On the bull market’s 10 year anniversary, it’s a good idea to look at longer term charts for some perspective. Here’s the S&P 500. Notice how the stock market has gone nowhere over the past year?
A few weeks ago I said that the S&P 500’s earnings growth could turn negative in Q1 2019 (to be released in April 2019), and that negative earnings growth was generally an unfavorable sign for stocks.
*Data from 1989 – present
The stock market’s flat price action over the past year seems to have anticipated this decline in earnings growth. Perhaps stocks went nowhere in 2018 because it anticipated that earnings would go nowhere in 2019.
Looking at the same study, we can look at only the cases in which the S&P went up less than 10% over the past year.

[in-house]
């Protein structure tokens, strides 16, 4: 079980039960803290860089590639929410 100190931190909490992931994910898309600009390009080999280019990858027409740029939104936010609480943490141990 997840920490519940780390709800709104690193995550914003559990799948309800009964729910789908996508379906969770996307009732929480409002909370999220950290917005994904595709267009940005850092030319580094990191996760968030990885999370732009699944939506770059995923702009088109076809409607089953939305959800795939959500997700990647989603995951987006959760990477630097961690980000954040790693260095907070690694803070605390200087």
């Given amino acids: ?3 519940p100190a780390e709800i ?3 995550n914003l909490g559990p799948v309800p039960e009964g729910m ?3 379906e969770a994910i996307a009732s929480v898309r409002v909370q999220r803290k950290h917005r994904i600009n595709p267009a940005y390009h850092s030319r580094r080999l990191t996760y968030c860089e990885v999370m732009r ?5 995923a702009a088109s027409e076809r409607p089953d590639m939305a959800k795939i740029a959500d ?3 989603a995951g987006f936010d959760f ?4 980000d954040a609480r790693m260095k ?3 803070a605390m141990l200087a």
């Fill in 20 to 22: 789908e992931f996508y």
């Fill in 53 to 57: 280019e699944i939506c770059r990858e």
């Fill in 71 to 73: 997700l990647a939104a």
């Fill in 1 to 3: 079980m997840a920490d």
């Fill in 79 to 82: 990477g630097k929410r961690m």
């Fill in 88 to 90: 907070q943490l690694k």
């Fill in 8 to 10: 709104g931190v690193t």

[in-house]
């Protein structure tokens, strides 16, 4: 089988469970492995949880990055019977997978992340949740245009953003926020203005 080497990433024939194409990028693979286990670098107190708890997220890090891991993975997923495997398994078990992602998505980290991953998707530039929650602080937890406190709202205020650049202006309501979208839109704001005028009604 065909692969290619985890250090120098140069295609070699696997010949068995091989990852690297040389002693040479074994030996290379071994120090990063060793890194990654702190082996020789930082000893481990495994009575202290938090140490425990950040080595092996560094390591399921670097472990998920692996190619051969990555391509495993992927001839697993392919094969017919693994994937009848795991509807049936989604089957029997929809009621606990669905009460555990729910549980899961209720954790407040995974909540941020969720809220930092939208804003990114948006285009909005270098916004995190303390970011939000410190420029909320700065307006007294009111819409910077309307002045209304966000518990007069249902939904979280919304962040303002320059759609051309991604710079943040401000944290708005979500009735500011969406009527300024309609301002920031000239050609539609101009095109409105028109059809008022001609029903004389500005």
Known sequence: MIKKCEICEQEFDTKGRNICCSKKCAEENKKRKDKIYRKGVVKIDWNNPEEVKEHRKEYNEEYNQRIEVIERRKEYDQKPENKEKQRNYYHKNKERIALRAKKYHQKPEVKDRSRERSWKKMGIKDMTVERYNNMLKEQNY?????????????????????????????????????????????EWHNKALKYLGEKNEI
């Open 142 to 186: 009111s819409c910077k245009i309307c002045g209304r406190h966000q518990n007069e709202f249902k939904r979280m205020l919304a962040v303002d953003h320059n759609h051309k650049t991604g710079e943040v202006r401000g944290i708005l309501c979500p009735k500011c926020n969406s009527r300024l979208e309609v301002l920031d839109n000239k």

As you can see, the stock market’s reaction to negative earnings growth is important.
- Bullish reactions usually led to more gains over the next year (1989, 1998, 2012, 2015)
- Bearish reactions were bearish signs for stocks (2001, 2007).
This study has yet to be triggered. But if it does get triggered in April 2019, bulls need to watch out. The bull market does not have a lot of room to left to run.
*N=2, so take this study with a grain of salt
Atlanta Fed GDP
The media’s job is to disseminate bad news (bad news = more clicks = more ad $$$). Your job as an investor is to differentiate what’s hyped-up bad news vs. what’s actually something to be worried about.
On a long list of things to be “worried about” (there’s always something to worry about), GDP growth for Q1 2019 could come in at just 0.3%
And of course, the bears are banging their heads and raging “how could stocks go up when Q1 GDP growth is going to be so low???? It’s the Fed’s government manipulation!!!!”